Among the main courses, I’ve tried the brick chicken, pork chop, their burger, and a daily special of roasted halibut. The fish was probably the most impressive item, not only because it was perfectly cooked, but because it came with an intriguing variety of accompaniments. It was served over Rancho Gordo heirloom beans (which have a deeper, richer flavor than commodity beans), with a vegetable mix that included mustard greens, purple cauliflower, sliced radishes, micro-greens, and parsnip chips. There were many different flavors and textures, all harmonious, and it was a beautiful presentation as well. The fresh fish offering changes regularly, but whatever you get is going to be fantastic when prepared this way, this well.

Hook & Plow’s roasted halibut on a bed of Rancho Gordo heirloom beans and other vegetables makes a beautiful presentation, even in a takeout box. Photo by JP Cordero

The pork chop was very good too, though I found the barbecue sauce that was served with it to be overly sweet. I strongly suggest that you get this on the side and just enjoy the flavor of high-quality meat well grilled over cheese grits with brussels sprouts. There’s nothing wildly inventive here, but it’s classic cooking very well done. The half brick chicken with sautéed spinach, dried cranberries, and sourdough bread would have been its equal if it hadn’t been swamped in leek-cream sauce. That sauce in more moderate amounts over some noodles would’ve been great, but the balance of the dish as served was off. Ask for only a moderate amount, or for it to be on the side.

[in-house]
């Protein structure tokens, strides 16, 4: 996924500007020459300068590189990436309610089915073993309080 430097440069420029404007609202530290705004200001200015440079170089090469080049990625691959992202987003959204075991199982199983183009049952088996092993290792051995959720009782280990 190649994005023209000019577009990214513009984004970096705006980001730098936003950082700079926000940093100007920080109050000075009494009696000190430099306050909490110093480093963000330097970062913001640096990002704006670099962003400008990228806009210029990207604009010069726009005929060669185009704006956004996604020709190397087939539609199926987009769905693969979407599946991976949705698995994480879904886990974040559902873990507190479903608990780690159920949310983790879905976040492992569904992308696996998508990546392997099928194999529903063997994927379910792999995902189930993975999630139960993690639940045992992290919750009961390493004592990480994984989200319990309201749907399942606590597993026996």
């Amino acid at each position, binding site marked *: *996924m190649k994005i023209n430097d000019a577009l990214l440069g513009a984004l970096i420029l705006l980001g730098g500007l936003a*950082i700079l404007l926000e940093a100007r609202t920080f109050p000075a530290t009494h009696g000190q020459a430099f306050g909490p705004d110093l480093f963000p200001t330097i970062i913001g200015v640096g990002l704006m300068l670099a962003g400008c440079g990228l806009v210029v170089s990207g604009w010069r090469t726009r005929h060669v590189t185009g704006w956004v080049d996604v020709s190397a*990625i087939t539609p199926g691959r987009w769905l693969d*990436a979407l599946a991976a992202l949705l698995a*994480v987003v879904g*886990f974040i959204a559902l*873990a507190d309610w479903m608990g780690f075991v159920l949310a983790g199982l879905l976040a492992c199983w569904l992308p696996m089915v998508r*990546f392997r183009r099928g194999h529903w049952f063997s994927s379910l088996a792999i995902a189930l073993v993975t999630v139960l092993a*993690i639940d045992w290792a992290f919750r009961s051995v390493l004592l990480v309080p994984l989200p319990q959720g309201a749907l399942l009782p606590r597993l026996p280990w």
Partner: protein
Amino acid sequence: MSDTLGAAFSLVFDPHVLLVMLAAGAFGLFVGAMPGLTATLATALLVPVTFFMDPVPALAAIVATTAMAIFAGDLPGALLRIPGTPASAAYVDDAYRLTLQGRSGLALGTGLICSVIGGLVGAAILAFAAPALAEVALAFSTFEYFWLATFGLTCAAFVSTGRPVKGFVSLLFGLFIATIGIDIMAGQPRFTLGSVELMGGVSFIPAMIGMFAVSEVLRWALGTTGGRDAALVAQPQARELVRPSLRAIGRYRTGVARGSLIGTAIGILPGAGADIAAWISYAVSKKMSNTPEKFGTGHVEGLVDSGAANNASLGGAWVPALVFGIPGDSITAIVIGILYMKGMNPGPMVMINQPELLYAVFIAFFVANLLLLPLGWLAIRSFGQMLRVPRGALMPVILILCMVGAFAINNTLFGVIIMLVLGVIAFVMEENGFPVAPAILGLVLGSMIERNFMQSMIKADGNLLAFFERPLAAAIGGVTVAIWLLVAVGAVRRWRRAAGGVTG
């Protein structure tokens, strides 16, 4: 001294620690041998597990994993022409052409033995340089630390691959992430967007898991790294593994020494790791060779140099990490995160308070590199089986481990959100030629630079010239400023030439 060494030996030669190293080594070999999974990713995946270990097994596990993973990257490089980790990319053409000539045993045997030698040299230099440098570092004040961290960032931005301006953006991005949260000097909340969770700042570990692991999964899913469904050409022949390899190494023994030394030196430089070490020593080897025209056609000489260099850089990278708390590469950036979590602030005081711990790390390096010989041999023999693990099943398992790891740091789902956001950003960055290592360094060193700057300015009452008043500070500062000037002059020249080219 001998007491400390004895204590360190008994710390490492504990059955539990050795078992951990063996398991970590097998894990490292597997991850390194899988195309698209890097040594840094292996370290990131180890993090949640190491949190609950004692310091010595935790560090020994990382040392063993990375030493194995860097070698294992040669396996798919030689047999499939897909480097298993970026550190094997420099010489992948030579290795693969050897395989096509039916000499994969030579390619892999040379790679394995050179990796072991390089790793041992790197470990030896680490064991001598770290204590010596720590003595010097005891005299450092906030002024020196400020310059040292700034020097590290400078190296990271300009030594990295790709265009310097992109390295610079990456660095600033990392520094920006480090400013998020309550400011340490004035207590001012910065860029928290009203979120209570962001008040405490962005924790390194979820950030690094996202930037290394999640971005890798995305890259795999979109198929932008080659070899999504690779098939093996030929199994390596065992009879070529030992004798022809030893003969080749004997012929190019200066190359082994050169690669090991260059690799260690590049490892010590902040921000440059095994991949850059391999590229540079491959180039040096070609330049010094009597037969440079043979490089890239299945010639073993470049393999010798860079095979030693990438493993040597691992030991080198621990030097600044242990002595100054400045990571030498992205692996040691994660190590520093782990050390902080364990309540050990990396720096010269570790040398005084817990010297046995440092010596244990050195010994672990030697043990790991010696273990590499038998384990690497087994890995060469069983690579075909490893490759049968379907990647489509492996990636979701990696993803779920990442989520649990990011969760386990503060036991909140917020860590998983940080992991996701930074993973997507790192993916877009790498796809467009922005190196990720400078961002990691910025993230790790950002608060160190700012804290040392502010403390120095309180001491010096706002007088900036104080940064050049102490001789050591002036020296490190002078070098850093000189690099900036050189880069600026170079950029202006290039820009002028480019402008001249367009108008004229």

If comfort food like a great American burger is more your speed, theirs is very good but rather messy thanks to exuberant amounts of Crescenza cheese and roasted garlic aioli. If you like your burgers to be a very tasty mess, this could be your favorite, but if I ordered it again, I would ask them to back off on the aioli. The burger was served with a house salad of varied lettuces in a light, fresh, dressing with some cornichon pickles on the side, and it’s worth the $16 that they charge for it.
Hook & Plow also offers cheddar and scallion biscuits with blueberry-lime jam, which we found tasty but not essential. While these were listed as a side, they would’ve worked as well as a dessert, if we hadn’t already gotten their rather eccentric version of a blueberry pie. This is really a blueberry panna cotta in a graham cracker crust with some locally made coconut ice cream on the side. There were a scattering of actual blueberries on the plate, but they had been glazed with honey and topped with toasted coconut. I found the honey glaze to be unnecessary, but it was an interesting experience that confounded our expectations, and certainly worth trying.
Dinner from the Hook & Plow is a mild extravagance compared to eating at home, but the experience is great for morale. It’s a reminder that while the streets are quiet and most workplaces shuttered, some people are still working to make very good food, and they’ll welcome us all to dine in when it’s all over.

Hook & Plow Redondo is at 1729 S. Catalina Ave. in Redondo. Open Mo-Th 11:30 a.m. – 10 p.m., Sa 9 a.m – 11 p.m., Su 9 a.m. 10 p.m., street parking only. Wheelchair access good, wine and beer served, corkage $15. Phone 424-247-8272, menu at thehookandplow.com.